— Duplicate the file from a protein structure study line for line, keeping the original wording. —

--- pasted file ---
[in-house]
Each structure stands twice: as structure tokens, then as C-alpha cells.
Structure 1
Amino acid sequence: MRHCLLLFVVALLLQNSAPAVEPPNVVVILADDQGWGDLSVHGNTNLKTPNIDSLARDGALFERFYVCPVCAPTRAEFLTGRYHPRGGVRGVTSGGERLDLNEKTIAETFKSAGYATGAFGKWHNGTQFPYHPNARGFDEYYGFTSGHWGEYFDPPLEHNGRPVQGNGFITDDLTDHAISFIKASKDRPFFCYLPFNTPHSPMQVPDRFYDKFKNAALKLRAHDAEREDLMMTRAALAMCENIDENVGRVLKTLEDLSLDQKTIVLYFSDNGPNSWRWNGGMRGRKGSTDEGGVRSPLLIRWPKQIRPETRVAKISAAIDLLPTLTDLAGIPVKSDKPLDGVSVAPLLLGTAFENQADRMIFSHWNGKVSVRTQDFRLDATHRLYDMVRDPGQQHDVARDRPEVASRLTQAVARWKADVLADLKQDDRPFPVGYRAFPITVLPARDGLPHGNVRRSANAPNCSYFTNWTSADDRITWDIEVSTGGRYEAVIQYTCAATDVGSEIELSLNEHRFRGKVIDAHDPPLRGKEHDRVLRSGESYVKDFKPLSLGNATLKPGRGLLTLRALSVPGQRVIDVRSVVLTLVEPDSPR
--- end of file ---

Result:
[in-house]
Each structure stands twice: as structure tokens, then as C-alpha cells.
Structure 1
Amino acid sequence: MRHCLLLFVVALLLQNSAPAVEPPNVVVILADDQGWGDLSVHGNTNLKTPNIDSLARDGALFERFYVCPVCAPTRAEFLTGRYHPRGGVRGVTSGGERLDLNEKTIAETFKSAGYATGAFGKWHNGTQFPYHPNARGFDEYYGFTSGHWGEYFDPPLEHNGRPVQGNGFITDDLTDHAISFIKASKDRPFFCYLPFNTPHSPMQVPDRFYDKFKNAALKLRAHDAEREDLMMTRAALAMCENIDENVGRVLKTLEDLSLDQKTIVLYFSDNGPNSWRWNGGMRGRKGSTDEGGVRSPLLIRWPKQIRPETRVAKISAAIDLLPTLTDLAGIPVKSDKPLDGVSVAPLLLGTAFENQADRMIFSHWNGKVSVRTQDFRLDATHRLYDMVRDPGQQHDVARDRPEVASRLTQAVARWKADVLADLKQDDRPFPVGYRAFPITVLPARDGLPHGNVRRSANAPNCSYFTNWTSADDRITWDIEVSTGGRYEAVIQYTCAATDVGSEIELSLNEHRFRGKVIDAHDPPLRGKEHDRVLRSGESYVKDFKPLSLGNATLKPGRGLLTLRALSVPGQRVIDVRSVVLTLVEPDSPR